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Spearfish Canyon in the northern Black Hills of western South Dakota is located just off of I-90 and close to the town of Spearfish. The U.S. 14 Scenic Spearfish Canyon Highway winds directly alongside the canyon, paralleling Spearfish Creek, while the canyon itself winds about 20 miles through extended limestone rock walls that tower along both sides of the brook. Spearfish Canyon is full of ponderosa and spruce pine trees, plus aspen, birch and oak trees, which provide lovely contrasting color in the fall. The canyon is full of wildlife, from small varieties like squirrels, raccoons and porcupines to larger varieties like mountain goats, deer and the occasional elk. Brook, rainbow, brown and cutthroat trout can be found in the creek, and there are a number of trails, waterfalls and picturesque views. In addition to hiking, other activities include fly-fishing, mountain biking, road biking and rock climbing. Spearfish Canyon is also a geologist’s heaven, as it’s said to be older than the Grand Canyon.
Spearfish Canyon is a great place to visit anytime of the year, although this particular scene was taken in fall, about 10 miles up the canyon below the junction where Iron Creek flows into Spearfish Creek. It’s in the middle of a horseshoe bend, which provided a real panoramic view of the fall colors, rock textures and the flowing creek. Winter allows peaceful snowshoeing on the same trails I enjoy during the other seasons. At the small town of Savoy in Spearfish Canyon, there’s a trailhead for a 300-mile snowmobiling trail system, too. Spring is vibrantly green, with plenty of new vigorous growth. Because of the steep canyon walls, the floor of the canyon receives very little direct sunlight, so summer is refreshing as the temperatures are generally much cooler than in the nearby town of Spearfish.
My favorite lens and setup for landscape images is a wide-angle zoom with a polarizing filter. Wide-angles capture the whole scene, and the zoom helps me to frame my composition properly. Polarizers are useful for giving me more control over exposure, especially useful in Spearfish Creek for getting a “cotton-candy” effect with the water, as well as reducing reflections from the surface. When I shot film, I also used Fujichrome Velvia for saturating the colors of the area, especially in the fall. Now that I’ve gone digital and sold all of my film cameras and lenses (I miss them!), I’m able to do that in postprocessing. While pro lenses are ideal, on extended hikes through the Black Hills, I bring my Panasonic Lumix FZ-35 megazoom. It’s great for hiking, mainly for its roughly 13 ounces of weight and also because it includes a built-in 27-486mm (35mm equivalent) Leica zoom lens.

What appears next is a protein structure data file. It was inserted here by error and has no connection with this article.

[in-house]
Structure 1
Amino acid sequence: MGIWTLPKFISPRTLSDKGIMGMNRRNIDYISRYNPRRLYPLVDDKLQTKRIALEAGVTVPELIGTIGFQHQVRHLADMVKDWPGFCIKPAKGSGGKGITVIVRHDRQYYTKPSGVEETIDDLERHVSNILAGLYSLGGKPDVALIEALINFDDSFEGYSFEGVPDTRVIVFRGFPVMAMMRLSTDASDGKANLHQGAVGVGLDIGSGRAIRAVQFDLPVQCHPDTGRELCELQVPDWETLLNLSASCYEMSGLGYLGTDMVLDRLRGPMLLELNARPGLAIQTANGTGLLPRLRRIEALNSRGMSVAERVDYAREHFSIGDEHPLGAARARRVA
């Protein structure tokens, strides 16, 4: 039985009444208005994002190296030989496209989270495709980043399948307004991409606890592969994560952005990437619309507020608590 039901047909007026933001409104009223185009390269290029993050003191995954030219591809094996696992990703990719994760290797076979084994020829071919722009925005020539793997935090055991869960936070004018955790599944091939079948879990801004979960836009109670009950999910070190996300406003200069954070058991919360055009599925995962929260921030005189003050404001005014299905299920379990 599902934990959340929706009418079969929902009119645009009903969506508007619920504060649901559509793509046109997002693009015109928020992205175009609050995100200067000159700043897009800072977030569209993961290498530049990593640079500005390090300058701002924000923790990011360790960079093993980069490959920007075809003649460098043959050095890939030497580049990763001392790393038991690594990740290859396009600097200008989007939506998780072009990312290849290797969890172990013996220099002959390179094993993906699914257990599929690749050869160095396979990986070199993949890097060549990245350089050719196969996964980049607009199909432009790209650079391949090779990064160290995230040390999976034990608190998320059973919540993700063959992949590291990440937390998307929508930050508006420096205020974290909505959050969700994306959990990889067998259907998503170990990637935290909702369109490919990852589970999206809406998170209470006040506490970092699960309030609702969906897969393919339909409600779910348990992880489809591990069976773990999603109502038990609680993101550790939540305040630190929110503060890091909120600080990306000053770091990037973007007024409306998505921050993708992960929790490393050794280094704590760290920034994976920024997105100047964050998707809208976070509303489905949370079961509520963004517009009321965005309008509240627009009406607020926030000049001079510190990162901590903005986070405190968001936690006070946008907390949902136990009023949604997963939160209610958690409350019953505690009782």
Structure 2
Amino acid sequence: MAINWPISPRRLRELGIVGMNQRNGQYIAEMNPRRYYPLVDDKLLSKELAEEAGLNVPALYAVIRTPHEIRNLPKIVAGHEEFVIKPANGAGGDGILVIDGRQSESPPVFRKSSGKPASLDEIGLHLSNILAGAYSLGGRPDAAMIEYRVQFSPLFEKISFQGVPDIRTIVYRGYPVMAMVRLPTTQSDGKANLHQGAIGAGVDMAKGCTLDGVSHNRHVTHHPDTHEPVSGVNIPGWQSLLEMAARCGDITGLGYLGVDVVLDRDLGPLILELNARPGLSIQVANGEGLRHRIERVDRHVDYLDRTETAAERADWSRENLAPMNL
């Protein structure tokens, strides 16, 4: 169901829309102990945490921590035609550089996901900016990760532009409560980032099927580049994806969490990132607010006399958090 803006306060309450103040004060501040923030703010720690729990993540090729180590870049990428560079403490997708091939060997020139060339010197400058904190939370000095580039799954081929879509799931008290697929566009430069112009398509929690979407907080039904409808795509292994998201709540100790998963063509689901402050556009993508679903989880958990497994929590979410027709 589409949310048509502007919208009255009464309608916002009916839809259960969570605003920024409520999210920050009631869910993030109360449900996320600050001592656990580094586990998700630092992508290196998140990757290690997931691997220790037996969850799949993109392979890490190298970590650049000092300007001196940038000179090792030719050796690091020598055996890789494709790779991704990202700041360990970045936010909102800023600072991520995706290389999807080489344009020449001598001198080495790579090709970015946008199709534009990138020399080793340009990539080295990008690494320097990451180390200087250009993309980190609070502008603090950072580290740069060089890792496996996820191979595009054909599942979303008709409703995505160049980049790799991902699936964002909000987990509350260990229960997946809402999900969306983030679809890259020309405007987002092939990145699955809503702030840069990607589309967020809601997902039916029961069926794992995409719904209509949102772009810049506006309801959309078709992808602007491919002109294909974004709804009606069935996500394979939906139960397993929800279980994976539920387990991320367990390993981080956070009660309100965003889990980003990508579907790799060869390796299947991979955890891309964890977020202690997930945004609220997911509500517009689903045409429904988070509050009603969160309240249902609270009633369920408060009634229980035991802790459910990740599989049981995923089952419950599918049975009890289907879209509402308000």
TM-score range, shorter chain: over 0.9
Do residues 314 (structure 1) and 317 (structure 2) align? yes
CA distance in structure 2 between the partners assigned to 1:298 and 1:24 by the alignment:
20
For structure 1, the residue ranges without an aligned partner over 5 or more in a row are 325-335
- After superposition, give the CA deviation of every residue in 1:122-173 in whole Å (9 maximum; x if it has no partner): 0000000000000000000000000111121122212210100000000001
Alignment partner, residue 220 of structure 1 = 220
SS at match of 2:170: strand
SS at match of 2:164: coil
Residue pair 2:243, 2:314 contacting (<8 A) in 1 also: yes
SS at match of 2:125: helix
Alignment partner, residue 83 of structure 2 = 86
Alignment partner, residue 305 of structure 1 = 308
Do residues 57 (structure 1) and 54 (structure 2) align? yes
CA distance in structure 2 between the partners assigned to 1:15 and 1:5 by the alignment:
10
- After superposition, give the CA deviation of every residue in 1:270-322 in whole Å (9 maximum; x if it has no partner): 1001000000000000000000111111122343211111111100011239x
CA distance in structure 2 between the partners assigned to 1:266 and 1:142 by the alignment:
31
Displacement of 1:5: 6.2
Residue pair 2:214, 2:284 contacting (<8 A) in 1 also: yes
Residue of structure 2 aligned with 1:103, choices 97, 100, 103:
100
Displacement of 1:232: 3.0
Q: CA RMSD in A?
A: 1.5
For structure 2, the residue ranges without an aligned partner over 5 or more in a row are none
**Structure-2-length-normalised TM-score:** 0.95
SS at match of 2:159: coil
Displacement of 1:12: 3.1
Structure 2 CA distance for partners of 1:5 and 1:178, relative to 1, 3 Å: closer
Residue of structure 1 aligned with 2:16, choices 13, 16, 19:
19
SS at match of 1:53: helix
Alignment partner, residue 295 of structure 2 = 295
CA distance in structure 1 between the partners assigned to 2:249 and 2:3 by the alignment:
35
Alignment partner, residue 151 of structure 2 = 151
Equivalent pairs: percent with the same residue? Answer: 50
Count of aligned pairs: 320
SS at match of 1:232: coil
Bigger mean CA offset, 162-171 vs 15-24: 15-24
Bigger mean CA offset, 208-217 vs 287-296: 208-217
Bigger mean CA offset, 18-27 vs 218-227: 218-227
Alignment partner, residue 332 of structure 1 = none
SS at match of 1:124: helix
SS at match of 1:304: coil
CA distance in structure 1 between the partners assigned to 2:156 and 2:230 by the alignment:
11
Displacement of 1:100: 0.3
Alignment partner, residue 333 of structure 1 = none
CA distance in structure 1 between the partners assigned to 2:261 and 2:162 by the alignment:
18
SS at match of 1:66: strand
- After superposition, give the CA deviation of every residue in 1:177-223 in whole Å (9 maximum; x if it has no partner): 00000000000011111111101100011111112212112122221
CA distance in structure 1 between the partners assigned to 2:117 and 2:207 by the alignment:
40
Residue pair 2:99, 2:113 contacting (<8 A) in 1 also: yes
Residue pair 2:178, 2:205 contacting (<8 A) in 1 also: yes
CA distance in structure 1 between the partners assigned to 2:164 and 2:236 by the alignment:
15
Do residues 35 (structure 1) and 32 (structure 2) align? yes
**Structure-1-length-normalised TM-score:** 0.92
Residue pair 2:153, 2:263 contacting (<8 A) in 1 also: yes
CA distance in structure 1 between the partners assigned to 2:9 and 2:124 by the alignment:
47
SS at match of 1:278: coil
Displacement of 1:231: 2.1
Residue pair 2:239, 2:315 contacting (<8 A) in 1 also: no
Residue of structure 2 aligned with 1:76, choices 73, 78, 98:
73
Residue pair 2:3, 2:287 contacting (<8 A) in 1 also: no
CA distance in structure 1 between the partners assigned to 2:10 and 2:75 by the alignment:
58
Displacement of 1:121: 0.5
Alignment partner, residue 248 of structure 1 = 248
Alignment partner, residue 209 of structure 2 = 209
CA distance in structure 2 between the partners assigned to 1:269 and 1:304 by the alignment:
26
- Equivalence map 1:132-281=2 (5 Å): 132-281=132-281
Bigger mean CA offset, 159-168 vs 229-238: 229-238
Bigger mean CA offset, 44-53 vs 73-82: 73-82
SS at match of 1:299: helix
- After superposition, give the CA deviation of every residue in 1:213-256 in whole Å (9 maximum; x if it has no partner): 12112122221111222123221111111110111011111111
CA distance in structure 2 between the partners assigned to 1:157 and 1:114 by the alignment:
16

Although fall is one of the best times to visit for photos, it also can be one of the worst as it’s not a very well-kept secret. Once the fall colors appear, the highway can be clogged with visitors, especially on weekends. That’s why I like to visit during the week, and close to sundown, as the colors are best during the magic hour and it’s relatively quiet. If you can find a time when the canyon is almost empty, the silence, along with the sounds of the canyon, can be particularly relaxing and refreshing.
Contact: Black Hills National Forest, www.blackhillsbadlands.com.
The best way to remove reflections is to use a polarizing filter. The Hoya PRO1D Circular PL filter works by straining out the polarized rays of light created from nonmetallic reflective surfaces like water. Colors are also more saturated, improving contrast and enhancing blue skies. Available in eight thread sizes from 52mm to 82mm, the PRO1D is designed to be thin, tough and unobtrusive. Contact: Hoya (THK Photo Products), (800) 421-1141, www.thkphoto.com.